Metro Bank, which unveiled a turnround plan in February, is shifting its focus to business and unsecured consumer lending © Charlie Bibby/Financial Times

Metro Bank has appointed industry veteran Robert Sharpe as its new chairman, after controversial co-founder Vernon Hill resigned in the wake of a reporting scandal last year.

Mr Sharpe, currently chairman of Bank of Ireland UK and private equity-owned lender Hampshire Trust Bank, will join the challenger bank in November. 

The lender had been searching for a chairman for almost a year, after Mr Hill was criticised over the bank’s handling of the reporting error and a series of earlier governance failings such as paying millions of pounds to a business owned by his wife.

Metro’s founding chief executive Craig Donaldson also quit the bank in the wake of the scandal, which involved miscategorising large quantities of loans when calculating its capital requirements. Mr Donaldson was replaced this year by turnround specialist Dan Frumkin.

Robert Sharpe, who will join the challenger bank in November

Mr Sharpe said: “As we navigate the new economic environment caused by Covid-19, community banking has never been more important as people, businesses and communities adapt to this new normal.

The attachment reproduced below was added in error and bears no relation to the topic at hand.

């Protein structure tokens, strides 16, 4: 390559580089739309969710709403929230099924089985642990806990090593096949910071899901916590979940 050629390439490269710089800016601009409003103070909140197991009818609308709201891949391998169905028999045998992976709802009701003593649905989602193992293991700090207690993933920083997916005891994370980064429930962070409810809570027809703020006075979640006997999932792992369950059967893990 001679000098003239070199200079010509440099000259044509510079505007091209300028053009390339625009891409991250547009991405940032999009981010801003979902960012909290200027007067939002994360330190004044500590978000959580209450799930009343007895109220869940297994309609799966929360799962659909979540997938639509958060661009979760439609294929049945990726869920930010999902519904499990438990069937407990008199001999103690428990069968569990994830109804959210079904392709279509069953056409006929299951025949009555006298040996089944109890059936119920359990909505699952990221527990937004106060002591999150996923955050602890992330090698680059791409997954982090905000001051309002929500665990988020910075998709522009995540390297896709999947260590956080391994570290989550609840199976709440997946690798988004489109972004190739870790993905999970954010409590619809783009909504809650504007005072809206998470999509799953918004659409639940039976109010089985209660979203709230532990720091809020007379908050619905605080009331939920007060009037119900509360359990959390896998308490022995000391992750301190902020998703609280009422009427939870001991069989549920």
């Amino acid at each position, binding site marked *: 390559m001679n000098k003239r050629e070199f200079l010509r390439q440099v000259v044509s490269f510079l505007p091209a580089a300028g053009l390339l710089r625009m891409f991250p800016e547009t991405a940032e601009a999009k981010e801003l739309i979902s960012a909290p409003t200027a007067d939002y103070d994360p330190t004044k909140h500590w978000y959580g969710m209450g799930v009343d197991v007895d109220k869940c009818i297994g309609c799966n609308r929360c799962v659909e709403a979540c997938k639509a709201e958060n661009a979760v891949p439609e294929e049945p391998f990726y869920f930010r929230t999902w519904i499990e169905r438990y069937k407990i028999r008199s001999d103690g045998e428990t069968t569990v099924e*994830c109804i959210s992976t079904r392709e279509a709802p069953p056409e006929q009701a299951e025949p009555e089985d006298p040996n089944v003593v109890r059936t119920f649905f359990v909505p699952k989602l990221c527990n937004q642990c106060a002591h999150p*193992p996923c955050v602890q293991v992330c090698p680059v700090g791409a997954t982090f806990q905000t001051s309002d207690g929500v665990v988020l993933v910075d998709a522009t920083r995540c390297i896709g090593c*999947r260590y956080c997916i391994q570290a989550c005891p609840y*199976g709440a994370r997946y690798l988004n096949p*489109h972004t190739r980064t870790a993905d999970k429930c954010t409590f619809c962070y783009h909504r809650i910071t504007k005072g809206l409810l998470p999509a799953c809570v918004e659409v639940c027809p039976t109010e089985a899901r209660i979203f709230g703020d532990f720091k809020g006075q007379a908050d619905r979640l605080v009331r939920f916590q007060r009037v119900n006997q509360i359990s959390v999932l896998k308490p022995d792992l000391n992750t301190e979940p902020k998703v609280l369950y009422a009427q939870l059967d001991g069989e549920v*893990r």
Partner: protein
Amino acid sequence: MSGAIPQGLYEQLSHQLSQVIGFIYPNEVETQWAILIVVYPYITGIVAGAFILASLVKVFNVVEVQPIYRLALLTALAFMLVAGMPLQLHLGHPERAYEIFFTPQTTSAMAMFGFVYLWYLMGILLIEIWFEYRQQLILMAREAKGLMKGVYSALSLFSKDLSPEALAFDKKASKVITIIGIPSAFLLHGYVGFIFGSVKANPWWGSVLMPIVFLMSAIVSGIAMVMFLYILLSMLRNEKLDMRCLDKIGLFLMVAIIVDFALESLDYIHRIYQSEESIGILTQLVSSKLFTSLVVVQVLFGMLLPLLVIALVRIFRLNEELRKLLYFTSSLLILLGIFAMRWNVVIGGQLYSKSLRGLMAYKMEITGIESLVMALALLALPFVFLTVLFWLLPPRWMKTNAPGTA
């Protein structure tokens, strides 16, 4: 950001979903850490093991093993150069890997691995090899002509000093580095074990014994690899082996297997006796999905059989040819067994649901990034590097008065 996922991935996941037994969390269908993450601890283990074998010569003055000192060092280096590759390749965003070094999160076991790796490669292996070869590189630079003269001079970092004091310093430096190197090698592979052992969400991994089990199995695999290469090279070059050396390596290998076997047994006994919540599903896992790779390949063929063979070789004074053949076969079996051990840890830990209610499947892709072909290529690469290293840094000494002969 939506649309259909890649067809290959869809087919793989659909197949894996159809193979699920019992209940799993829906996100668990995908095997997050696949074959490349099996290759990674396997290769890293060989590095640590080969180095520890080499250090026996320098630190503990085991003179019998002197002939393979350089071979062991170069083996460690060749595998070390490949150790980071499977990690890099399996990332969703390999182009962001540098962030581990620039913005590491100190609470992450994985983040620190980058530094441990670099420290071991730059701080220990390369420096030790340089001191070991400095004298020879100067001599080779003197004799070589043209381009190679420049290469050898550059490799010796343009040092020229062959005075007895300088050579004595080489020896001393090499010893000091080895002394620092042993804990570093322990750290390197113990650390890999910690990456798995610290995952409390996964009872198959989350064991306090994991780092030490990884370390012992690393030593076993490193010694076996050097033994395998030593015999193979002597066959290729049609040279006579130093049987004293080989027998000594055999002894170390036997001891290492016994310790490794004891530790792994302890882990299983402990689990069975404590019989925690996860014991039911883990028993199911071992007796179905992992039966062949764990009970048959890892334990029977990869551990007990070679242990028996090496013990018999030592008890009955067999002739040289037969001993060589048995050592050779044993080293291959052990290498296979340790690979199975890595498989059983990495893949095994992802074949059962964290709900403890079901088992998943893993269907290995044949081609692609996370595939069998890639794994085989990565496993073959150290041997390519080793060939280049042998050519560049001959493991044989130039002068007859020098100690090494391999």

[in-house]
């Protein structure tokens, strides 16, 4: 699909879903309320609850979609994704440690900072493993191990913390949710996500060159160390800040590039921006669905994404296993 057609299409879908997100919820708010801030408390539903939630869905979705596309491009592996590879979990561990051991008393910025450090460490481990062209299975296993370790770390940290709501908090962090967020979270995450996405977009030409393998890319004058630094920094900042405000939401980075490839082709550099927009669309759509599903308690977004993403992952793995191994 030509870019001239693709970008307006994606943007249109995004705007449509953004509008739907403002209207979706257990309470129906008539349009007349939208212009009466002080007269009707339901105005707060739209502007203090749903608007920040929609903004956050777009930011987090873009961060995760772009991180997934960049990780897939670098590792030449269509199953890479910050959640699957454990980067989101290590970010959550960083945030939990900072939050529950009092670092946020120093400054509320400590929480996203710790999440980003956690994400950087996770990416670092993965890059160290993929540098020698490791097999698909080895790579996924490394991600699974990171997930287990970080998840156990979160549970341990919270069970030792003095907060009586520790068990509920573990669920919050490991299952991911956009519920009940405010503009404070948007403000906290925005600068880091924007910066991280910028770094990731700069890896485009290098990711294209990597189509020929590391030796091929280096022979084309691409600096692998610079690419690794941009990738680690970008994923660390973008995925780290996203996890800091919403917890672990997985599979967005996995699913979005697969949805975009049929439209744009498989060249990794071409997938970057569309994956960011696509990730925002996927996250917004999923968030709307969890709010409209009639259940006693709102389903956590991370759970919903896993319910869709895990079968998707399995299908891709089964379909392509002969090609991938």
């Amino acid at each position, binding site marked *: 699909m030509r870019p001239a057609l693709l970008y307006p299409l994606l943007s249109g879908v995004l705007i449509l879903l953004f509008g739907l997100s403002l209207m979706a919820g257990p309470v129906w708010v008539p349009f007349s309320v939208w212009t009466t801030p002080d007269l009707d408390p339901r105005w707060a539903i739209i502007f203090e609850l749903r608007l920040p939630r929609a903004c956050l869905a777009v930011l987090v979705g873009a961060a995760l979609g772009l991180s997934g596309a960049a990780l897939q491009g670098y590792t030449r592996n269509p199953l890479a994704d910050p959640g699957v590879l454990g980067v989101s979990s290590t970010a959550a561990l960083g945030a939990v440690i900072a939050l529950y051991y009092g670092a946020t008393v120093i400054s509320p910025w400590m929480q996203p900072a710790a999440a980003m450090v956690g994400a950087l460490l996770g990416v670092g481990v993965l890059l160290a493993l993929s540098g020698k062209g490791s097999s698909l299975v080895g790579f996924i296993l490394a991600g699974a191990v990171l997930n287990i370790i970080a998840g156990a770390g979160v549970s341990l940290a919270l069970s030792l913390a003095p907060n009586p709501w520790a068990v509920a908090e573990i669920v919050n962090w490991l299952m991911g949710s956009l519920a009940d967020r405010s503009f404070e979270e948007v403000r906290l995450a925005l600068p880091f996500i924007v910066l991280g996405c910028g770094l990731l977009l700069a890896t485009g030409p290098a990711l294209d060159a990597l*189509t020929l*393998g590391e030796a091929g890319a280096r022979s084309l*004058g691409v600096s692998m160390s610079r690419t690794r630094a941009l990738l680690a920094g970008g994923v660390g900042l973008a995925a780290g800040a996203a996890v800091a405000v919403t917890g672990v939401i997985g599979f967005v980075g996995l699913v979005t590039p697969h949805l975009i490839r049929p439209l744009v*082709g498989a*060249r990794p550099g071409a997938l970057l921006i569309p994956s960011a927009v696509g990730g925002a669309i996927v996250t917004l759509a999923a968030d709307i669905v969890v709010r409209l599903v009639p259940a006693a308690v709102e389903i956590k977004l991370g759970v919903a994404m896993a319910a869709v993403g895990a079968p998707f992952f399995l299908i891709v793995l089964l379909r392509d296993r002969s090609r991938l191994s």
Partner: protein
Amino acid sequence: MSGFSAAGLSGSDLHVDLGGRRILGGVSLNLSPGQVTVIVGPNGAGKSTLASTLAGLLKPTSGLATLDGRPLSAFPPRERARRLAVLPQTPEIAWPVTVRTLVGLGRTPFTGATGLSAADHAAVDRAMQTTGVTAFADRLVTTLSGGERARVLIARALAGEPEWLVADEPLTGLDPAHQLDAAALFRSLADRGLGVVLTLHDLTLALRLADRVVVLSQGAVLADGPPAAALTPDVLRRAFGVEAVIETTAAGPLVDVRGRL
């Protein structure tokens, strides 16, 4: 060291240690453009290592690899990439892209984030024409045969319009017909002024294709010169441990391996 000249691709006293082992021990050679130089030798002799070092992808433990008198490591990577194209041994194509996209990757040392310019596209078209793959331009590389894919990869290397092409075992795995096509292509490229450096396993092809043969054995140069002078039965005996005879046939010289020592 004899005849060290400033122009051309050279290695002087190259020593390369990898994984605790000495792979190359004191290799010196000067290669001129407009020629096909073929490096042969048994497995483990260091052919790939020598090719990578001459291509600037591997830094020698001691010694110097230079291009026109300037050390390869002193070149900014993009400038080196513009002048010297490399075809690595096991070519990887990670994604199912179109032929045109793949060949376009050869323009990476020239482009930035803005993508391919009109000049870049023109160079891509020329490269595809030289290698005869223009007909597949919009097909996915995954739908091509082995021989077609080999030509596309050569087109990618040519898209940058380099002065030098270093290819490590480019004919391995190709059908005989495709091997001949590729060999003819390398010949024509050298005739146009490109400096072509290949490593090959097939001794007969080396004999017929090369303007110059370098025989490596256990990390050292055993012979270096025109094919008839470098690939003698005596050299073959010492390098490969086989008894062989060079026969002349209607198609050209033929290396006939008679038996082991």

“It is this community banking model that sets Metro Bank apart and will enable us to continue to grow.”

Mr Sharpe previously ran Bank of Ireland’s UK consumer business and several building societies, including leading a turnround at West Bromwich Building Society in the wake of the financial crisis.

Metro outlined its own turnround plan in February, abandoning its strategy of rapid expansion and shifting its focus from mainstream mortgages towards more profitable areas such as business lending and unsecured consumer lending.

The company said in May that the coronavirus pandemic would lead to “significantly higher” loan losses than it had previously experienced, but has yet to provide a detailed update on the impact of the health crisis. It will report second-quarter results in August.

John Cronin, analyst at Goodbody, said he did not expect the hire to affect Metro’s strategy, but added that Mr Sharpe’s contacts book could help the bank as it considers potential deals to help with its turnround or an eventual takeover.

“He’s been around a long time, that could help open doors from a dealmaking perspective, which they may need to do over time,” Mr Cronin said.

Last month Metro said it was in talks to purchase peer-to-peer lender RateSetter in an effort to boost its consumer lending business.

Shares in Metro rose 3.8 per cent on Wednesday to 115p. The stock has bounced back 61 per cent from its nadir in May, but is still down more than 40 per cent since the start of the year.

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